Songwriters Jay Livingston and Ray Evans won an Academy Award for Music for their song "Buttons and Bows." Although Paramount News reported in Oct 1947 that the Robert Mitchell Boychoir had been signed to sing "Buttons and Bows" in Paleface , the song was performed in the film as a solo by Bob Hope. A recording of the song was released prior to the film's opening, and several reviews mention that it became a hit without the aid of the film. A reported three million copies of the record and 700,000 copies of the sheet music were sold as of 1949, when orchestra leader and songwriter Freddie Rich filed a plagiarism suit over the song. Paramount, Jay Livingston and Ray Evans, Decca, Famous Music, RCA Victor, Columbia Records and Capital Records were named as defendants in the half-million-dollar suit. After "Buttons and Bows" was used in the film's 1952 sequel, Son of Paleface , Rich, who claimed portions of the song were taken from his score for Paramount's 1942 film Wildcat (see below, added $250,000 to his estimate of damages. According to various sources, twenty-two to thirty-two bars of "Buttons and Bows" were in question. A jury turned in a verdict in favor of Paramount, and Rich lost a later appeal in Feb 1955.
       As noted above, in 1952, Hope and Russell starred in a sequel to The Paleface called Son of Paleface , directed by Frank Tashlin. In 1968, The Paleface was remade into The Shakiest Gun in the West , with Alan Rafkin directing and Don Knotts and Barbara Rhoades starring. Among the many other films featuring Martha Jane Canary, popularly known as "Calamity Jane," are: the 1923 Famous Players-Lasky film Wild Bill Hickock , directed by Clifford S. Smith and starring Ethel Grey Terry and William S. Hart (see AFI Catalog of Feature Films, 1921-30 ; F2.6360); the 1936 Cecil B. DeMille film The Plainsman , starring Gary Cooper and Jean Arthur (see AFI Catalog of Feature Films, 1931-40 ; F3.3472); the 1949 film Calamity Jane and Sam Bass , directed by George Sherman, and starring Yvonne de Carlo and Howard Duff (see above); and the 1995 United Artists film Wild Bill , directed by Walter Hill, and starring Ellen Barkin and Jeff Bridges.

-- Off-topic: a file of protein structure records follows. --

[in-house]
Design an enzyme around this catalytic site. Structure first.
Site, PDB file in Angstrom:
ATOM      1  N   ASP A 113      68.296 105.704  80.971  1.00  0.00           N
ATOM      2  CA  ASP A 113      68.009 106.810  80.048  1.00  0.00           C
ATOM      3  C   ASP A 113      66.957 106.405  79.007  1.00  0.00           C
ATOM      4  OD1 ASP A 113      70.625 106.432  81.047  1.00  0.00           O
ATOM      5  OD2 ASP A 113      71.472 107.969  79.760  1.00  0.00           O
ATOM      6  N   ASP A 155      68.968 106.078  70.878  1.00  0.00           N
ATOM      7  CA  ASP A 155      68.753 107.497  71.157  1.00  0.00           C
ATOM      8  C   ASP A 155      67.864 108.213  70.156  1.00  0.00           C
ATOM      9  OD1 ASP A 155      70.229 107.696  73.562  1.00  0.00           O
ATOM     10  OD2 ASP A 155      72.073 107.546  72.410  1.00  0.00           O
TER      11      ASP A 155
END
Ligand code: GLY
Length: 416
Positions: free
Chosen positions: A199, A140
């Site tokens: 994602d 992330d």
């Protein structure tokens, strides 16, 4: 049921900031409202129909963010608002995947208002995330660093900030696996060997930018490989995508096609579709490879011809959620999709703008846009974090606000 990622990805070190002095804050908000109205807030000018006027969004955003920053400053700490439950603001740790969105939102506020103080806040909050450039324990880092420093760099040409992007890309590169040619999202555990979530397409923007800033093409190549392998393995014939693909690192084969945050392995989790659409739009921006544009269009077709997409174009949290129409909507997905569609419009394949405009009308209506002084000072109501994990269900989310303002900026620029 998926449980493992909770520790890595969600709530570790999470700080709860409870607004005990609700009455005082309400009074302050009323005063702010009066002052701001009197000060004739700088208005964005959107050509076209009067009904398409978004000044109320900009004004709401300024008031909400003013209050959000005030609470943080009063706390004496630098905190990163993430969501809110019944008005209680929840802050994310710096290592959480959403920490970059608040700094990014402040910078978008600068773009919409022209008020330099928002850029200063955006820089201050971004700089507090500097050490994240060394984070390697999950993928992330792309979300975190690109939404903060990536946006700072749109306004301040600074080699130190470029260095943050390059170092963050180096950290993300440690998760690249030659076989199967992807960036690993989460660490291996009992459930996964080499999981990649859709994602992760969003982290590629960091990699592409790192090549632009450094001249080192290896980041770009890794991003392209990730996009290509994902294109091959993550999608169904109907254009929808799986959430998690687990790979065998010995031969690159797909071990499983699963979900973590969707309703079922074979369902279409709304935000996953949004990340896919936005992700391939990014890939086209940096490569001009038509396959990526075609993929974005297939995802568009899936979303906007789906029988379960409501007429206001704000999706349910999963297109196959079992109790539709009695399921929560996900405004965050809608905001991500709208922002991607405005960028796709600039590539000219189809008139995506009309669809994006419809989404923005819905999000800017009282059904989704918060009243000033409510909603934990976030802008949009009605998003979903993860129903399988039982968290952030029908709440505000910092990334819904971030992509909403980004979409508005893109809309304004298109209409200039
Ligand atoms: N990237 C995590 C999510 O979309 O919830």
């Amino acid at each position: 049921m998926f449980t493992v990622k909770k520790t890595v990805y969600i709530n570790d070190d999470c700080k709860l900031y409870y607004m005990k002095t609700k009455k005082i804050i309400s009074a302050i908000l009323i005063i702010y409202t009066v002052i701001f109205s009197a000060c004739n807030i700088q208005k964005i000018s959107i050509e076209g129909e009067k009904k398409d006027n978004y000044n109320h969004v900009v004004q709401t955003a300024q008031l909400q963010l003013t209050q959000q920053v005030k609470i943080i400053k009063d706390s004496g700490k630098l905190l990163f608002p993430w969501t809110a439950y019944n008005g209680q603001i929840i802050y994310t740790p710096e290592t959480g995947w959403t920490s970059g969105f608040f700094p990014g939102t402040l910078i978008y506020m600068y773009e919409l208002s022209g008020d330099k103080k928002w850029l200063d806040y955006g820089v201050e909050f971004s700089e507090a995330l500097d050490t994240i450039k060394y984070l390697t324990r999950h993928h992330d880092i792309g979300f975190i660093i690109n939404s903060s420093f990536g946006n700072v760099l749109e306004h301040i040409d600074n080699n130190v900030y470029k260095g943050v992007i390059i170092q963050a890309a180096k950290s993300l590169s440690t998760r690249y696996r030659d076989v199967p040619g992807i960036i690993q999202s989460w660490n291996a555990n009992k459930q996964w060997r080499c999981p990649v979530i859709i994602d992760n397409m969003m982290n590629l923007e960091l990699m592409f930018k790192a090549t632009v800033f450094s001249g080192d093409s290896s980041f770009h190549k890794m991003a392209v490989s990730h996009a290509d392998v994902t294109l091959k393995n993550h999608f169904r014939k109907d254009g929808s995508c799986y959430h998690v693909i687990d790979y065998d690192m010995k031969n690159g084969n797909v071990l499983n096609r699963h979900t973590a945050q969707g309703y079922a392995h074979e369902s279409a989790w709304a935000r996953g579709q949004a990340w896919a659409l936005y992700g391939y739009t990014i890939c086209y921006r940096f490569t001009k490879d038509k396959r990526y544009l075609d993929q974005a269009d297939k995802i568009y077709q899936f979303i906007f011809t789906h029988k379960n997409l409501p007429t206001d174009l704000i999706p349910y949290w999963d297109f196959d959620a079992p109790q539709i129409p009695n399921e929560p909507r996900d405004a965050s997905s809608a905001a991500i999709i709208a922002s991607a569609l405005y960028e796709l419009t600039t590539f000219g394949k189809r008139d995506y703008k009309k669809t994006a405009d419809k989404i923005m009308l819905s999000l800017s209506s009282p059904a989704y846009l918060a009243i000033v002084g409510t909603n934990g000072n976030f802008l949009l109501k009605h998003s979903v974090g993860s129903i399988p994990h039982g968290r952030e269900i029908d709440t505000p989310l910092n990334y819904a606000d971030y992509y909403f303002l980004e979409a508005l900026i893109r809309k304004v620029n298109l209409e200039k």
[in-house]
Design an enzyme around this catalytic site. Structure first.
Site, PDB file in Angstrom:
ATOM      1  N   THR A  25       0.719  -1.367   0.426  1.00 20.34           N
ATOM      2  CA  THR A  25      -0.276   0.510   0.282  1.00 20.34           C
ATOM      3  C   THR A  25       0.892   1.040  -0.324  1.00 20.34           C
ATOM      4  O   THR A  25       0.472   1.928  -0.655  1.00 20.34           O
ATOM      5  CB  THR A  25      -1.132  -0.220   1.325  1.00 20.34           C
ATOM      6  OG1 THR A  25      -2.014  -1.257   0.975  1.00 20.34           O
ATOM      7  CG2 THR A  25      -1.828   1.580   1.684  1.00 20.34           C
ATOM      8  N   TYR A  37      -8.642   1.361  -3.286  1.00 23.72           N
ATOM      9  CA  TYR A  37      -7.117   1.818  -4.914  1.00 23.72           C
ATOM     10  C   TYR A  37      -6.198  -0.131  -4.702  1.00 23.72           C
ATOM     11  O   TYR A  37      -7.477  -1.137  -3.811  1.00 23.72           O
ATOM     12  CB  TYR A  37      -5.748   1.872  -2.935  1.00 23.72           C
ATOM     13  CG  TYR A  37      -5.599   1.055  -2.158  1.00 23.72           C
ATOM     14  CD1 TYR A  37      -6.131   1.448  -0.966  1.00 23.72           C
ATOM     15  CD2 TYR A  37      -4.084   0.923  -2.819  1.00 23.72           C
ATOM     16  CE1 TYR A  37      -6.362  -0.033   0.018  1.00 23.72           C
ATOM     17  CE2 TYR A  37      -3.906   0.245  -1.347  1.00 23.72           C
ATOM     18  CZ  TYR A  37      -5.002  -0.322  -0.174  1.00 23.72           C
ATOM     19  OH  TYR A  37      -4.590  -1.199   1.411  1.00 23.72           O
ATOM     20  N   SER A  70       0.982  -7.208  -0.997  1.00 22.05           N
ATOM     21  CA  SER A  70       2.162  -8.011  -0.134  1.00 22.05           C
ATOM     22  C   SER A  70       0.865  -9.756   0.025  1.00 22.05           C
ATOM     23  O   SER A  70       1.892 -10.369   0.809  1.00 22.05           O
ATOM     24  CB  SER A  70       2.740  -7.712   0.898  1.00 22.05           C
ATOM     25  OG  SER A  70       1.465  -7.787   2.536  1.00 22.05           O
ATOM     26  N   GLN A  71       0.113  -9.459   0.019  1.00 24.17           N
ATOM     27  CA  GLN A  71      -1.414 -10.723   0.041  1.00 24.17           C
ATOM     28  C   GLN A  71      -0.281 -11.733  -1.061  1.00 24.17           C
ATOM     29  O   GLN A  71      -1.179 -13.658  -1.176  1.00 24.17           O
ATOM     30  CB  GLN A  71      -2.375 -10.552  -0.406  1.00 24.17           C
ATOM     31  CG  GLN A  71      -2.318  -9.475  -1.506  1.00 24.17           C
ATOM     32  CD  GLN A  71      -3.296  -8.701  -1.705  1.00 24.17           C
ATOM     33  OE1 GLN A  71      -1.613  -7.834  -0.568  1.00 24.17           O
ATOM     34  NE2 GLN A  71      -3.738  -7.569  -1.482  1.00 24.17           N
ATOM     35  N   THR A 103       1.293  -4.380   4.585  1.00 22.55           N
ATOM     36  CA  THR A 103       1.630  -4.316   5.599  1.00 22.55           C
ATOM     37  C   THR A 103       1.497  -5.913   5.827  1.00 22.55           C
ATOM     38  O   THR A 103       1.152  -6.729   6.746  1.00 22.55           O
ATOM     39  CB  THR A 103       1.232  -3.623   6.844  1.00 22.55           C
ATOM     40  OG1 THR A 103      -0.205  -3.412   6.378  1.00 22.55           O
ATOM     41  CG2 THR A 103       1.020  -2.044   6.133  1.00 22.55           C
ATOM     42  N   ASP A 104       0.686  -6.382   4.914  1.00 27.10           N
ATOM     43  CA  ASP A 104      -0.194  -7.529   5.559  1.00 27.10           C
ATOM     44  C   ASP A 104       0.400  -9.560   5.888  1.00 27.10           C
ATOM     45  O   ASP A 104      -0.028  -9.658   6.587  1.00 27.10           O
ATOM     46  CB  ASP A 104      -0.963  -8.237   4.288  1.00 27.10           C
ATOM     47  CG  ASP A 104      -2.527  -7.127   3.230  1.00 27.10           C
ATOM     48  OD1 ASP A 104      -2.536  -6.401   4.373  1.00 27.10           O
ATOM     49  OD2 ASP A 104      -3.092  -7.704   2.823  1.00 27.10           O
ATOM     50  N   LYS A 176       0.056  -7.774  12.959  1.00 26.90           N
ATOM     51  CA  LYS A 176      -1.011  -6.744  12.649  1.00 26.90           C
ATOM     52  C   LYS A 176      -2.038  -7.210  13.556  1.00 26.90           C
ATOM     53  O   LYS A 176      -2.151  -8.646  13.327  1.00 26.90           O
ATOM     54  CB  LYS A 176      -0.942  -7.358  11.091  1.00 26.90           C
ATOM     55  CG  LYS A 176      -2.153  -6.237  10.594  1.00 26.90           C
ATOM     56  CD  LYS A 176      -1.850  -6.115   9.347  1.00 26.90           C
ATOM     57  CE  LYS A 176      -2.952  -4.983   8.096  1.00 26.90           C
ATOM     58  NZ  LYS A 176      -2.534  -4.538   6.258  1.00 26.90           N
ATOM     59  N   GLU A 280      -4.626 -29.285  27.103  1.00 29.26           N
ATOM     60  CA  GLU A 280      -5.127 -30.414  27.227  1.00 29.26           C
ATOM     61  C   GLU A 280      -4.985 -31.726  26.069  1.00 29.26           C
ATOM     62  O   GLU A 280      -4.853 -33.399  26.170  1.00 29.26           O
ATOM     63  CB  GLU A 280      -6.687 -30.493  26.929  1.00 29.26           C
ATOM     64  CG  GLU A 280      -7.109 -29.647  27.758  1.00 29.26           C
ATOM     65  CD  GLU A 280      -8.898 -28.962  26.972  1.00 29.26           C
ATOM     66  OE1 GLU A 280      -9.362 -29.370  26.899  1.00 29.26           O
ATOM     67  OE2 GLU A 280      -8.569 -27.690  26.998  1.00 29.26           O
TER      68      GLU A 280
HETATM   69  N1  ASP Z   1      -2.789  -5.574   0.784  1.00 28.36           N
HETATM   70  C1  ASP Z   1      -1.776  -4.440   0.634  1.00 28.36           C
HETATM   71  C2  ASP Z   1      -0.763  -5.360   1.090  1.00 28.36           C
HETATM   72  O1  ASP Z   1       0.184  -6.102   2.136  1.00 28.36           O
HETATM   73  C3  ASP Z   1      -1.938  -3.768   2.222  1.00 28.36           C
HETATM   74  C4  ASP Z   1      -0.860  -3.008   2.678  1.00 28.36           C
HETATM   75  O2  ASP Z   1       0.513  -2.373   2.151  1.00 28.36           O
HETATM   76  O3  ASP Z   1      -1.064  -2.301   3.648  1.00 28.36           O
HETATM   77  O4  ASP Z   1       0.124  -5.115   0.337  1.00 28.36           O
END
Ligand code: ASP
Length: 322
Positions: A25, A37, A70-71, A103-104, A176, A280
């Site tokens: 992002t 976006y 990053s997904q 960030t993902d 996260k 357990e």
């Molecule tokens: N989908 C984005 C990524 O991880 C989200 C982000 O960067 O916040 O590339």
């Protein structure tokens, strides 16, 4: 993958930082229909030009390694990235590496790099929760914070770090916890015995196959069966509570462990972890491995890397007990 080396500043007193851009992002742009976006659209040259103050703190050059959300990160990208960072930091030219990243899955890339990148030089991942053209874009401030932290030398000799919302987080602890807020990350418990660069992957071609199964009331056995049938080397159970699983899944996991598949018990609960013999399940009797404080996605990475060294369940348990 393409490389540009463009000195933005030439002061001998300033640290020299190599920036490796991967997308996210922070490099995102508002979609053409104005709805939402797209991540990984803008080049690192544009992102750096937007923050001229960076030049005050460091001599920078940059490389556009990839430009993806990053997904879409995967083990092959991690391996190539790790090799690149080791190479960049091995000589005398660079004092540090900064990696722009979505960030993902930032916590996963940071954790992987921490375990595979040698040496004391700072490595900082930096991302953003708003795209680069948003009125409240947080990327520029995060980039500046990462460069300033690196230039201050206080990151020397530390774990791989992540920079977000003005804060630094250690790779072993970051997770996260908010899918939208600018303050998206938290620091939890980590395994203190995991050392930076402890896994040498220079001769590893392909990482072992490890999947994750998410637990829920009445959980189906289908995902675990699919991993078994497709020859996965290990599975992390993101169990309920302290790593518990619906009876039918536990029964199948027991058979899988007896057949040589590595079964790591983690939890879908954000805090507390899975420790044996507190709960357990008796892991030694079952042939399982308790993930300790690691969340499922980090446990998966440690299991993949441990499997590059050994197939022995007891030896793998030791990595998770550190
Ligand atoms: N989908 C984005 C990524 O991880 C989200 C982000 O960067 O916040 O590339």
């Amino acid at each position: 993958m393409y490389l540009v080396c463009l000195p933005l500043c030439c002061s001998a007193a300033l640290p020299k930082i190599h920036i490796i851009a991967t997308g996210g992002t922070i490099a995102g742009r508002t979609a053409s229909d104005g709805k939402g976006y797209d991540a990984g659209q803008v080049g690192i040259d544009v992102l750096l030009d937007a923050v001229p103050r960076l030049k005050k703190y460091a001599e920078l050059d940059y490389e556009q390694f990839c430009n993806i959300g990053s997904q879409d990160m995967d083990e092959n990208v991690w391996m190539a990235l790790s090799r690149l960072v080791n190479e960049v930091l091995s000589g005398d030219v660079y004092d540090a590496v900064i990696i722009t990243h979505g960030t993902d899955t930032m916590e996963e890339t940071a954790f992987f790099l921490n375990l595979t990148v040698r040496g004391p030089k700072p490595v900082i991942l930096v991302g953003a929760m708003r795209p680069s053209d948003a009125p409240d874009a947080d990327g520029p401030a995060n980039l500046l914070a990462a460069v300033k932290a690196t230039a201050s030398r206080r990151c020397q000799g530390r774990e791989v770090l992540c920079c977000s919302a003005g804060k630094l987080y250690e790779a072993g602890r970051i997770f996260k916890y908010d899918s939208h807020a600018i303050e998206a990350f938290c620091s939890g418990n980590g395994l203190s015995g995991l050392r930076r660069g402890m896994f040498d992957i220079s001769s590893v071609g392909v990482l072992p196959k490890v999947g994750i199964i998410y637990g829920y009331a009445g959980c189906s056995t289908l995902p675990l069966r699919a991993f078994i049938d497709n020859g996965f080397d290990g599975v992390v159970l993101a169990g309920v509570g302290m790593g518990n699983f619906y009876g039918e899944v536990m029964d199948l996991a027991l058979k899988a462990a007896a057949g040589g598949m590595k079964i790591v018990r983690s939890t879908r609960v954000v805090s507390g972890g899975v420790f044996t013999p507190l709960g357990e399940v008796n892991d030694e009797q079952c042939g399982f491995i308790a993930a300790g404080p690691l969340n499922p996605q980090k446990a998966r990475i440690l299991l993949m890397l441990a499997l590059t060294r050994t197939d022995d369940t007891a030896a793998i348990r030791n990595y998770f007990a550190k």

Bibliographic Sources:   Date   Page
Box Office   23 Oct 1948.   
Daily Variety   20 Oct 48   p. 3, 9
Daily Variety   22 Feb 1955.   
Film Daily   20 Oct 48   p. 8.
Harrison's Reports   23 Oct 1948.   
Hollywood Citizen-News   1 Jul 1953.   
Hollywood Reporter   1 Aug 47   p. 14.
Hollywood Reporter   8 Aug 47   p. 13.
Hollywood Reporter   11 Aug 47   p. 13.
Hollywood Reporter   17 Sep 47   p. 12.
Hollywood Reporter   22 Sep 47   p. 11.
Hollywood Reporter   24 Sep 47   p. 11.
Hollywood Reporter   26 Sep 47   p. 13, 16
Hollywood Reporter   29 Sep 47   p. 9.
Hollywood Reporter   20 Oct 48   p. 4.
Hollywood Reporter   20 Dec 48   p. 3.
Hollywood Reporter   17 Jun 1953.   
Hollywood Reporter   1 Jul 1953.   
Hollywood Reporter   2 Jul 1953.   
Hollywood Reporter   14 Jul 1953.   
Los Angeles Times   19 Dec 1948.   
Motion Picture Herald Product Digest   30 Oct 48   p. 4366.
New York Times   16 Dec 48   p. 41.
Variety   20 Oct 48   p. 11.

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The American Film Institute is grateful to Sir Paul Getty KBE and the Sir Paul Getty KBE Estate for their dedication to the art of the moving image and their support for the AFI Catalog of Feature Films and without whose support AFI would not have been able to achieve this historical landmark in this epic scholarly endeavor.